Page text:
Capital One data breach leaves 100 million vulnerable

Capital One data breach leaves 100 million vulnerable

Capital One revealed Monday that 100 million credit card applications had been accessed, resulting in thousands of Social Security and bank account numbers being left at risk.

Dubbed one of the largest data breaches to hit a financial services firm, the Capital One hack is expected to cost the company between $100 million and $150 million.

The FBI compliant says that although some SS numbers had been tokenised or encrypted, information such as names, addresses, dates of birth and credit history had not. The data at risk includes “likely tens of millions of applications and approximately 77,000 bank account numbers.”

However, the company reiterates that no credit card numbers or log-in credentials were compromised, nor were most of the Social Security numbers on the applications.

After a number of online boasts under the online alias ‘erratic’, Seattle-based Paige A. Thompson was arrested on computer fraud and abuse charges and on suspicion of “exfiltrating and stealing information, including credit card applications and other documents, from Capital One,” according to a criminal complaint filed in federal court.

Paige formerly worked for Amazon Web Services, which hosted the Capital One database that was breached. She will remain in jail pending a detention hearing on Thursday.

Richard D. Fairbank, Capital One’s chairman and chief executive, apologised: “While I am grateful that the perpetrator has been caught, I am deeply sorry for what has happened. I sincerely apologize for the understandable worry this incident must be causing those affected and I am committed to making it right.”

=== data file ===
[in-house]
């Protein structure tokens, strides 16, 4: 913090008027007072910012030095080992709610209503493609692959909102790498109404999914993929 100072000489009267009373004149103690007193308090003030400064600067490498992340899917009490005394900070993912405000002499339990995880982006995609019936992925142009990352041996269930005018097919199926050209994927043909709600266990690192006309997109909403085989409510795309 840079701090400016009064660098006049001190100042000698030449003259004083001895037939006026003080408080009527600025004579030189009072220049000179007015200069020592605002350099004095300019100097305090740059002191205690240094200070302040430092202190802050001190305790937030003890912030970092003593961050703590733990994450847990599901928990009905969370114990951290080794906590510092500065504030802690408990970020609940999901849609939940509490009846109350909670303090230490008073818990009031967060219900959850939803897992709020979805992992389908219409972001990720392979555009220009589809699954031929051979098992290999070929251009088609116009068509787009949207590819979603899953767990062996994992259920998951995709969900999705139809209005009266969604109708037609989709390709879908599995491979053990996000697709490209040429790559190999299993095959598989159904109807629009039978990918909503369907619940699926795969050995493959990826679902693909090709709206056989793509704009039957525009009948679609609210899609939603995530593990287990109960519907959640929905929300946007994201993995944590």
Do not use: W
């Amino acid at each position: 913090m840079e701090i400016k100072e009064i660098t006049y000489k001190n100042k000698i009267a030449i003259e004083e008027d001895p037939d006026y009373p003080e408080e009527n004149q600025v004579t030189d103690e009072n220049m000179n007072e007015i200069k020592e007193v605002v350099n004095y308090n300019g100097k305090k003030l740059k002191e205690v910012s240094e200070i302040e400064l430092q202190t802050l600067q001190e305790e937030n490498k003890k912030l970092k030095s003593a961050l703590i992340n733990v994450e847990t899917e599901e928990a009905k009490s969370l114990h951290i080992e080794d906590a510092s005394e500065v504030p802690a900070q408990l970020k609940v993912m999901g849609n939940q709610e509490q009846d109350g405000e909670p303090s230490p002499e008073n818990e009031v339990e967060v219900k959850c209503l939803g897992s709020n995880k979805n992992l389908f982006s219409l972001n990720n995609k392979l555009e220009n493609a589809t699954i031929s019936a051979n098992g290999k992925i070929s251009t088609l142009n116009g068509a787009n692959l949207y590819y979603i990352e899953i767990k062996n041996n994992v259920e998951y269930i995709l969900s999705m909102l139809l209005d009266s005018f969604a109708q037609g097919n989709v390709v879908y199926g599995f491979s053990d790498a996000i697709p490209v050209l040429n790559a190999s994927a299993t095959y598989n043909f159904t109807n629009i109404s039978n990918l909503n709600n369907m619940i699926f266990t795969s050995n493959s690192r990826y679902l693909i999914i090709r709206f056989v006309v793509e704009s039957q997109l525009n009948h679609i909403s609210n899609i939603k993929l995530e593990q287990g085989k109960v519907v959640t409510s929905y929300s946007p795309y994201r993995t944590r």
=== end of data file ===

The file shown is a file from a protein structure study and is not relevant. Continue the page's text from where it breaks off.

This news comes soon after the meme-worthy $700 million Equifax data breach settlement which left a staggering 147 million people vulnerable in 2017.

Comments: (2)

Gerard Hergenroeder
Gerard Hergenroeder - Payments Shark - Millersvile 30 July, 2019, 16:22Be the first to give this comment the thumbs up 0 likes

Why am I am surprised? Many banks like CapOne have rushed to the clould  thinking they have all their bases covered. Not so! Clould providers, especially Amazon, do not have 50 years  experience with running large enterprise platforms with sensitive customer data. After all expenses from this disaster are accounted for, CapOne will have realized that they should have taken a hybrid approach to cloud computing and realize that they should never put their customer at risk in the cloud.

I was a trusted advisor on a cloud payments projects and insisted that they use hardware encryption devices. Amazon told the client that their security software were correct. At that point I left the project.

Ramdas Narayanan
Ramdas Narayanan - Bank of America - Charlotte 30 July, 2019, 18:55Be the first to give this comment the thumbs up 0 likes

@Gerard, Thank you for sharing...I agree with your approach on cloud computing,

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